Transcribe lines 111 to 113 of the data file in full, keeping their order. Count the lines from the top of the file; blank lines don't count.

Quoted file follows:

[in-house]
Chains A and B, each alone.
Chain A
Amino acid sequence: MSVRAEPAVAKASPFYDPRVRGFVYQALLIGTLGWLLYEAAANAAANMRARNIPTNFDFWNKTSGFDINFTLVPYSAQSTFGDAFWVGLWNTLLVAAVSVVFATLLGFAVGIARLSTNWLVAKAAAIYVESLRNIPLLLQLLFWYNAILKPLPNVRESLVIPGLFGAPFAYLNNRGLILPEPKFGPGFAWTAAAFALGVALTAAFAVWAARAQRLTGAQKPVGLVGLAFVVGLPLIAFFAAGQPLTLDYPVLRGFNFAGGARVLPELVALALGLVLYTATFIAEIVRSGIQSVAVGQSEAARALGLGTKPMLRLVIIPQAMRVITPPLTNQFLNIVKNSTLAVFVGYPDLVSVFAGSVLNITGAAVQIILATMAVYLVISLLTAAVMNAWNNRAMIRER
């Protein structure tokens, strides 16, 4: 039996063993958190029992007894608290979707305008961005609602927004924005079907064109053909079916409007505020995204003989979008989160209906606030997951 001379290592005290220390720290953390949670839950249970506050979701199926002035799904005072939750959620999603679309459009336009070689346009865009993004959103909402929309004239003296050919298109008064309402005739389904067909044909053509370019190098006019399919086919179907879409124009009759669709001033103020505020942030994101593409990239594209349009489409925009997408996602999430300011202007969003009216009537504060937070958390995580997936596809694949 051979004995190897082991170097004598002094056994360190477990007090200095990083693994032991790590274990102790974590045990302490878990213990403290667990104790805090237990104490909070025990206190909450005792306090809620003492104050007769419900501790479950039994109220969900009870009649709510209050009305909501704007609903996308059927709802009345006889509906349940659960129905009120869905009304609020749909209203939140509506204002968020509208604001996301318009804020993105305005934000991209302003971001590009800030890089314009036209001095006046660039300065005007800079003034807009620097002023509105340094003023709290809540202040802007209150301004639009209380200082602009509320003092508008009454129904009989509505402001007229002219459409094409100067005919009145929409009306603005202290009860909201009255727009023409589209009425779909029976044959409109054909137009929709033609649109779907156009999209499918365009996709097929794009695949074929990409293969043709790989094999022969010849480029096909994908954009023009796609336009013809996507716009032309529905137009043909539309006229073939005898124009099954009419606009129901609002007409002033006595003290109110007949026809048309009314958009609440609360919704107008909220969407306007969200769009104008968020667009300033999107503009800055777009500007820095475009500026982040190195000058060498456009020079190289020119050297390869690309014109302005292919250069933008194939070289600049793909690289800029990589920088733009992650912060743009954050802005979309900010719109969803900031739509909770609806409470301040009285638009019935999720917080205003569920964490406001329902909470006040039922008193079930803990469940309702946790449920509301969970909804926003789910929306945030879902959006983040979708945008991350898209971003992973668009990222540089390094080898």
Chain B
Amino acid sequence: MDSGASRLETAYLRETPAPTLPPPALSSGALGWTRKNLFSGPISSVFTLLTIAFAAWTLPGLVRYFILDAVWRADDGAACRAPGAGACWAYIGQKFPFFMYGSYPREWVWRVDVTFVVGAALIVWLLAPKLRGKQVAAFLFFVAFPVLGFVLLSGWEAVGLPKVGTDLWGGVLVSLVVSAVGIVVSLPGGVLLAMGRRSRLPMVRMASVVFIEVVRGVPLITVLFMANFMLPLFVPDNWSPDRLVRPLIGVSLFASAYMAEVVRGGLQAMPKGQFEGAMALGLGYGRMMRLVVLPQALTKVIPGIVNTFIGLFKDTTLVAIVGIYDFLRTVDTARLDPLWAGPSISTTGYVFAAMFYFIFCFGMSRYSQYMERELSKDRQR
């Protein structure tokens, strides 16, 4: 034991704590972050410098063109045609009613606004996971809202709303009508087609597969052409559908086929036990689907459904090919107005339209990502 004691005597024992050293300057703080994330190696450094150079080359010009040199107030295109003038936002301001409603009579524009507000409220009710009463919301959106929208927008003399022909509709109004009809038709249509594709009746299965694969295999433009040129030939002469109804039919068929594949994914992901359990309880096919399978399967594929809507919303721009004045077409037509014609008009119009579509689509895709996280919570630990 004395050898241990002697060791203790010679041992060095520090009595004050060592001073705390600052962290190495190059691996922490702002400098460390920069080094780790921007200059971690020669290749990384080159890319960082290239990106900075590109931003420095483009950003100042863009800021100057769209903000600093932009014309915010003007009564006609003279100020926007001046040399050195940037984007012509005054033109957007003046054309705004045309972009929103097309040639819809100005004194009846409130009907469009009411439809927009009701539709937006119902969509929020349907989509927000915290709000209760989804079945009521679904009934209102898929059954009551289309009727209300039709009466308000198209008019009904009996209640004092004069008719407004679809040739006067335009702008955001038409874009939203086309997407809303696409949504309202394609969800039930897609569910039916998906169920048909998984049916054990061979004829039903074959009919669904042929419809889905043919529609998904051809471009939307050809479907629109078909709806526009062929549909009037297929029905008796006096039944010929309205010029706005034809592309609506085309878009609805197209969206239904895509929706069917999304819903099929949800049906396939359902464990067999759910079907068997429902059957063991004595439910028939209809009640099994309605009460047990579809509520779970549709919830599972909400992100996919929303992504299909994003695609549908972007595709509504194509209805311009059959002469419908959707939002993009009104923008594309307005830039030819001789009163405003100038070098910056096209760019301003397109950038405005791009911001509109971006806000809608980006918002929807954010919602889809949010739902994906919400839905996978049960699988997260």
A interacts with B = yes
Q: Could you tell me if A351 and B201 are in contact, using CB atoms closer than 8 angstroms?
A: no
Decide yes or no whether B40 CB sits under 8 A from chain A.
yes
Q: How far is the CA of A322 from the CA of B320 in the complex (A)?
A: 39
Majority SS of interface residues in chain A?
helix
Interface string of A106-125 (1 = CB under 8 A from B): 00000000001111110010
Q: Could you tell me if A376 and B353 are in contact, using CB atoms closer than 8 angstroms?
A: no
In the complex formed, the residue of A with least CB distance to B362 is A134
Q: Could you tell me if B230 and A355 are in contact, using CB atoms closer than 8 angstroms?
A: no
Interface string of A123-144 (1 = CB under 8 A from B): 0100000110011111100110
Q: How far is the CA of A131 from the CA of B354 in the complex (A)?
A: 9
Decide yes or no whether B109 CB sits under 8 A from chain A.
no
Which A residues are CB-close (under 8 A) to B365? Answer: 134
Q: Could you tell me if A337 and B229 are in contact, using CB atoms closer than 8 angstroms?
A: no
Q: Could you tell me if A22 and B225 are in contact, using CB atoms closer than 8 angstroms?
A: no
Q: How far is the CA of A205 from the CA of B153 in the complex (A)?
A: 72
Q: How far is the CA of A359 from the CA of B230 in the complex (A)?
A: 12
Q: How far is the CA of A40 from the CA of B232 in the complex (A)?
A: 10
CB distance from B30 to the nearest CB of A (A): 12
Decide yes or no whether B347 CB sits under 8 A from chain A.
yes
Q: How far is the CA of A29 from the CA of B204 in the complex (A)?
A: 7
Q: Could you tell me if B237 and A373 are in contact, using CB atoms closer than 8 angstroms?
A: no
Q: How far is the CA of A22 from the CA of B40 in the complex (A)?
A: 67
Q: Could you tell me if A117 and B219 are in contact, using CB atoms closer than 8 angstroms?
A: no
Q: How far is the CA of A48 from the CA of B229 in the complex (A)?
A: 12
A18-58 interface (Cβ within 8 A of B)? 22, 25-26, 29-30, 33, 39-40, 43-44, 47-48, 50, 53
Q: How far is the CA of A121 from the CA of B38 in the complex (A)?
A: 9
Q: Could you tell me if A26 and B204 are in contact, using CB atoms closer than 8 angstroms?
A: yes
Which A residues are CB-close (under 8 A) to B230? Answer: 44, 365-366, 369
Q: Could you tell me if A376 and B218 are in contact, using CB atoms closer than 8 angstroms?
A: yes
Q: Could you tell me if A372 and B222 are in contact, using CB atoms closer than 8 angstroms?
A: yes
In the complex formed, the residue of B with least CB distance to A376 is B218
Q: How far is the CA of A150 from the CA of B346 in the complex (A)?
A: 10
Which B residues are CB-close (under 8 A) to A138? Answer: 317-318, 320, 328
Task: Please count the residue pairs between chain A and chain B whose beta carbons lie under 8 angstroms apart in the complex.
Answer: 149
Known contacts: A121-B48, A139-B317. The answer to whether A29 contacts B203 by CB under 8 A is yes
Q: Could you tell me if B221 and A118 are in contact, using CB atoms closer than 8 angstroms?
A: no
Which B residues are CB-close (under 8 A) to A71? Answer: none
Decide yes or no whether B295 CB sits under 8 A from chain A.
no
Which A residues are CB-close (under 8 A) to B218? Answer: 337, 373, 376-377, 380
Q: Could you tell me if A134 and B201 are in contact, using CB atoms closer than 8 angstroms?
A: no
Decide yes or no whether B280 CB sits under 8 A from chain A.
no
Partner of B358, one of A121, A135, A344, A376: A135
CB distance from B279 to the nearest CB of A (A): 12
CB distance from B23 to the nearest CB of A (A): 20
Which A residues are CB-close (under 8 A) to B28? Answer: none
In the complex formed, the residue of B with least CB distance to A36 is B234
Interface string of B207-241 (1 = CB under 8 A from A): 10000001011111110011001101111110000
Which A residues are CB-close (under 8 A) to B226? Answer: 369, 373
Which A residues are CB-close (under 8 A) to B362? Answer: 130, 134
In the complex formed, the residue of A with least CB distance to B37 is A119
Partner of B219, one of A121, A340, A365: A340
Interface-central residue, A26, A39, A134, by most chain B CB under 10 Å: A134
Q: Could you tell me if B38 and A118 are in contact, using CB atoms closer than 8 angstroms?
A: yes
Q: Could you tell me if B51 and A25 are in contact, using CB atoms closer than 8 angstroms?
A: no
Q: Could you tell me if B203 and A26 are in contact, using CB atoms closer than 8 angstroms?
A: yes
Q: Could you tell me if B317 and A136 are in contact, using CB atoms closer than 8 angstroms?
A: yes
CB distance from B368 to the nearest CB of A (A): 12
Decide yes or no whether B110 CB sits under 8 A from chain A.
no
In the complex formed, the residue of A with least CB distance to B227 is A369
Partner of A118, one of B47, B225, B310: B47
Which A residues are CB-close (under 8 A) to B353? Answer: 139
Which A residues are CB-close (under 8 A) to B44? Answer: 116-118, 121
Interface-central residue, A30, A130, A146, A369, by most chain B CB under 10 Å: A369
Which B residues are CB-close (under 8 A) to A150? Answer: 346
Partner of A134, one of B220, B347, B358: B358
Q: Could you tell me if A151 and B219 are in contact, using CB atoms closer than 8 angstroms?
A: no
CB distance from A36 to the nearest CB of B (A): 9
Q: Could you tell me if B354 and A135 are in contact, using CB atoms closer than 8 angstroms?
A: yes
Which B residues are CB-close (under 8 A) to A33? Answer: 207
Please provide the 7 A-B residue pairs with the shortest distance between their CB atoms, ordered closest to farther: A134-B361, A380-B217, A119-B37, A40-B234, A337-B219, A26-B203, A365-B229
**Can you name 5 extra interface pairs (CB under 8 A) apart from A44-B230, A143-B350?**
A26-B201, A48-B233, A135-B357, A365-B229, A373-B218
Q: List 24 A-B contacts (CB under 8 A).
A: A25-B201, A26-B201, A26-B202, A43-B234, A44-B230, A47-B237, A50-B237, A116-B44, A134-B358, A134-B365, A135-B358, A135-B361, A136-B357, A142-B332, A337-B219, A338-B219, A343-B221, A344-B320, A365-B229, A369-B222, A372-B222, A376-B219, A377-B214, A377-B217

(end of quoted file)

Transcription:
CB distance from A36 to the nearest CB of B (A): 9
Q: Could you tell me if B354 and A135 are in contact, using CB atoms closer than 8 angstroms?
A: yes